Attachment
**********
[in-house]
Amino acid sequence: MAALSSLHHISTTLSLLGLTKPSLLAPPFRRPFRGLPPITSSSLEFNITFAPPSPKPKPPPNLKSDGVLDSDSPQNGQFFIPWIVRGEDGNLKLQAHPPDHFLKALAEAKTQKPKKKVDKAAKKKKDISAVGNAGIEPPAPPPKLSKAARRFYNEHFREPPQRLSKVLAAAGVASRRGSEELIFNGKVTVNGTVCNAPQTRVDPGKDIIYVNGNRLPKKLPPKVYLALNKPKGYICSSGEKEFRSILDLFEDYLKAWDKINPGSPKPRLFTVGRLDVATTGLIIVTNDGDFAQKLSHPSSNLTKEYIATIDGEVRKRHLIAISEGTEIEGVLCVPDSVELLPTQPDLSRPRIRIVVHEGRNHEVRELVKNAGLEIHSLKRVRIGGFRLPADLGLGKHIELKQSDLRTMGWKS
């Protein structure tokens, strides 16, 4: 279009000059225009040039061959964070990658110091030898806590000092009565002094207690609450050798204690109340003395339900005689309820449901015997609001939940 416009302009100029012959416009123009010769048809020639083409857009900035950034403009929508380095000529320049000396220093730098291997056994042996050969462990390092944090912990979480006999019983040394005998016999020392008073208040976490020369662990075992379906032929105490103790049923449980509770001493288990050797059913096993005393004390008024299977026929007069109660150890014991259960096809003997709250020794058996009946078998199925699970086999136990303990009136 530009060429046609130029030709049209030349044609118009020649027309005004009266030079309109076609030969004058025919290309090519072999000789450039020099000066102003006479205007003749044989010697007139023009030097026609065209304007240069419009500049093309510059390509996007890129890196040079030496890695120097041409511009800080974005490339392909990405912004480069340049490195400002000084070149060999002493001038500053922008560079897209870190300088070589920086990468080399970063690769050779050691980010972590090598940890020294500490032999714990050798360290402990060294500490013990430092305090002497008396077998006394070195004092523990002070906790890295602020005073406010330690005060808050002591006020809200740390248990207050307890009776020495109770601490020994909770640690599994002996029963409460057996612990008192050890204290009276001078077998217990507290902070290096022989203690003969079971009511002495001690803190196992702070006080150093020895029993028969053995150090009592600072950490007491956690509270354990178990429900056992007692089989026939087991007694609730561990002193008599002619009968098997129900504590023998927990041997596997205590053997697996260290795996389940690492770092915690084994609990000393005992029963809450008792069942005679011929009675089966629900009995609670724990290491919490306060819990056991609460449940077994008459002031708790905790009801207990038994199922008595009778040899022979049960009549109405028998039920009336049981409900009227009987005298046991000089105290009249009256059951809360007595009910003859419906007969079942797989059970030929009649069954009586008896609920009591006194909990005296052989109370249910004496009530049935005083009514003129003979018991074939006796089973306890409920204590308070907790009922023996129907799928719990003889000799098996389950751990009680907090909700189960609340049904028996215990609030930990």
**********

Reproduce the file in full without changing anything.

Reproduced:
[in-house]
Amino acid sequence: MAALSSLHHISTTLSLLGLTKPSLLAPPFRRPFRGLPPITSSSLEFNITFAPPSPKPKPPPNLKSDGVLDSDSPQNGQFFIPWIVRGEDGNLKLQAHPPDHFLKALAEAKTQKPKKKVDKAAKKKKDISAVGNAGIEPPAPPPKLSKAARRFYNEHFREPPQRLSKVLAAAGVASRRGSEELIFNGKVTVNGTVCNAPQTRVDPGKDIIYVNGNRLPKKLPPKVYLALNKPKGYICSSGEKEFRSILDLFEDYLKAWDKINPGSPKPRLFTVGRLDVATTGLIIVTNDGDFAQKLSHPSSNLTKEYIATIDGEVRKRHLIAISEGTEIEGVLCVPDSVELLPTQPDLSRPRIRIVVHEGRNHEVRELVKNAGLEIHSLKRVRIGGFRLPADLGLGKHIELKQSDLRTMGWKS
């Protein structure tokens, strides 16, 4: 279009000059225009040039061959964070990658110091030898806590000092009565002094207690609450050798204690109340003395339900005689309820449901015997609001939940 416009302009100029012959416009123009010769048809020639083409857009900035950034403009929508380095000529320049000396220093730098291997056994042996050969462990390092944090912990979480006999019983040394005998016999020392008073208040976490020369662990075992379906032929105490103790049923449980509770001493288990050797059913096993005393004390008024299977026929007069109660150890014991259960096809003997709250020794058996009946078998199925699970086999136990303990009136 530009060429046609130029030709049209030349044609118009020649027309005004009266030079309109076609030969004058025919290309090519072999000789450039020099000066102003006479205007003749044989010697007139023009030097026609065209304007240069419009500049093309510059390509996007890129890196040079030496890695120097041409511009800080974005490339392909990405912004480069340049490195400002000084070149060999002493001038500053922008560079897209870190300088070589920086990468080399970063690769050779050691980010972590090598940890020294500490032999714990050798360290402990060294500490013990430092305090002497008396077998006394070195004092523990002070906790890295602020005073406010330690005060808050002591006020809200740390248990207050307890009776020495109770601490020994909770640690599994002996029963409460057996612990008192050890204290009276001078077998217990507290902070290096022989203690003969079971009511002495001690803190196992702070006080150093020895029993028969053995150090009592600072950490007491956690509270354990178990429900056992007692089989026939087991007694609730561990002193008599002619009968098997129900504590023998927990041997596997205590053997697996260290795996389940690492770092915690084994609990000393005992029963809450008792069942005679011929009675089966629900009995609670724990290491919490306060819990056991609460449940077994008459002031708790905790009801207990038994199922008595009778040899022979049960009549109405028998039920009336049981409900009227009987005298046991000089105290009249009256059951809360007595009910003859419906007969079942797989059970030929009649069954009586008896609920009591006194909990005296052989109370249910004496009530049935005083009514003129003979018991074939006796089973306890409920204590308070907790009922023996129907799928719990003889000799098996389950751990009680907090909700189960609340049904028996215990609030930990």